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National Flood Risk Management Policy Summit Managing Flood Risk: Where do we go? July 14, 2009 PowerPoint PPT Presentation


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National Flood Risk Management Policy Summit Managing Flood Risk: Where do we go? July 14, 2009. Bruce A. Julian USDA-Natural Resources Conservation Service. Managing Flood Risk—. Questions to ponder— What have we been doing? Is “it” enough? What do we need to be doing differently?

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National Flood Risk Management Policy Summit Managing Flood Risk: Where do we go? July 14, 2009

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National Flood Risk Management

Policy Summit

Managing Flood Risk: Where do we go?

July 14, 2009

Bruce A. Julian

USDA-Natural Resources Conservation Service


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Managing Flood Risk—

  • Questions to ponder—

    • What have we been doing?

    • Is “it” enough?

    • What do we need to be doing differently?

    • Will fewer resources deliver the desired outcomes?


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Perspective—

  • Over 2000 authorized watershed projects

  • All projects require a local sponsor

  • 11,000 flood control structures

  • >$1.5 billion in annual benefits

  • Flood mitigation, water conservation, municipal/industrial water supply, water quality measures, fish & wildlife habitat

  • >$1.4 billion in authorized, unfunded federal commitments


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NRCS Water Resources Program Tools

  • Watershed Surveys & Planning

  • Watershed Operations**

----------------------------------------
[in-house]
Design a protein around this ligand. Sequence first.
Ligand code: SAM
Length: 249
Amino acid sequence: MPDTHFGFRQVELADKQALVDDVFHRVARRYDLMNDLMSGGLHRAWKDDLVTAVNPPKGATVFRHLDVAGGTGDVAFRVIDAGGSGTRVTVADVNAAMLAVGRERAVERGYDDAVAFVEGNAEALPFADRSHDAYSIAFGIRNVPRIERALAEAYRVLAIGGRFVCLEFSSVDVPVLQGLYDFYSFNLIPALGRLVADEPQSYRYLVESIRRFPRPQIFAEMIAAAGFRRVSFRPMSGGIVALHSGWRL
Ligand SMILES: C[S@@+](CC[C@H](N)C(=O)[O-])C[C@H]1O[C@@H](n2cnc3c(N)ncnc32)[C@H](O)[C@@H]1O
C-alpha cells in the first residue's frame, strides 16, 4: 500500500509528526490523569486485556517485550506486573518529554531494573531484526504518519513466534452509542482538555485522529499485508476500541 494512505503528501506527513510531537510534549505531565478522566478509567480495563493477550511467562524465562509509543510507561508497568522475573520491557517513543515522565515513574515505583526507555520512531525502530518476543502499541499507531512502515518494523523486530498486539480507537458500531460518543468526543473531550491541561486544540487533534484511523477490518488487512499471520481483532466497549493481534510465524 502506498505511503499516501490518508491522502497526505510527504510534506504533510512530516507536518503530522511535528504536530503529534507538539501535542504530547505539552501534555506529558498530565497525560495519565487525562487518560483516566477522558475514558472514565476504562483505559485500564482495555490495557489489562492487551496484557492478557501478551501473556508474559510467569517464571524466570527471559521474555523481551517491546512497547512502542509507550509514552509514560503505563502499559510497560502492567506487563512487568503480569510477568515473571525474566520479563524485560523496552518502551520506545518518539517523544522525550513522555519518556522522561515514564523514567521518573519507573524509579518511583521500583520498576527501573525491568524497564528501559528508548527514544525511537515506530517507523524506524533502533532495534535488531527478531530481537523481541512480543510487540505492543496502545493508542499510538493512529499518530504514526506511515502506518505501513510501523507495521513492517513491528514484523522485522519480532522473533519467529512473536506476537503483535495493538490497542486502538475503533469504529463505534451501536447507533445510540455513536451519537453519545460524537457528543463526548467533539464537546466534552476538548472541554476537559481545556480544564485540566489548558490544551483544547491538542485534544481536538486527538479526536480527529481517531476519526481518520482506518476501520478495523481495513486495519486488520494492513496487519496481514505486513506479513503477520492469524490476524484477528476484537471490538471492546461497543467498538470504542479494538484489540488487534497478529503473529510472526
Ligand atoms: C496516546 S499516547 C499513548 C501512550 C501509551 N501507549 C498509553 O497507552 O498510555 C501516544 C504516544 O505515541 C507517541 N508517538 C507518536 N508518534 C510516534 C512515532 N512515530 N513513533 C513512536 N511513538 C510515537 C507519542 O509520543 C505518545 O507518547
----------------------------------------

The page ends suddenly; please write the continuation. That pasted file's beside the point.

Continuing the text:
• Watershed Rehabilitation**

  • Floodplain Easements** (Emergency Watershed Protection Program)

  • Wetlands Reserve Program

    **Recovery Act Funding


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Photo by Don Mobley

Photo by Don Mobley


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House Elevations

Photo by Pennoni Associates, Inc.


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Elevation Underway

Photo by Pennoni Associates, Inc.


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Elevation Completed

Neshaminy Creek


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Funds this Fiscal Year:(millions)


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Watershed Operations

  • Structural and non-structural flood mitigation solutions

  • Floodplain easements

  • Projects with multiple solutions to flooding

  • 100% federal share—cost of construction


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Watershed Rehabilitation

  • >11,000 dams—many reaching their design life

  • Change in hazard class

  • Not eligible if sponsors failed to perform O&M

  • 65% federal share of the total project cost


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Floodplain Easements

  • >120,000 acres in the current portfolio

  • First national sign-up = over 4,200 applications, $1.4 billion, competing for $145 million

  • Selected 289 projects, 36,000 acres, 36 states

  • Approx. 100% of the ag land value, 100% of the restoration costs

  • Eligibility: damaged once in the last 12 months or twice in the last 10 years

  • Dam breach zone


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Wetland Reserve Program

  • Over 2 million acres of easements acquired/restored in the last 15 years

  • Farm Bill authority to enroll another 1 million acres

  • Pace: 150,000-250,000 acres per year

  • 100% of acquisition costs

  • 100% of the wetland restoration costs


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So……….

  • Questions to ponder—

    • What have we been doing?

    • Is “it” enough?

    • What do we need to be doing differently?

    • Will fewer resources deliver the desired outcome—[is there anyone one in the room that thinks we can get “more” for less?]


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Pondering……

  • Options—

    • Path #1—More of the same (includes declining $$)

    • Path #2—Do/try something(s) different

      “Don’t expect different results by using the same tools and processes…….”


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Partners—

Success depends on all of us working together—

“All” includes a partner set of local, state, feds, NGO’s and the private sector—it does not include fewer resources.


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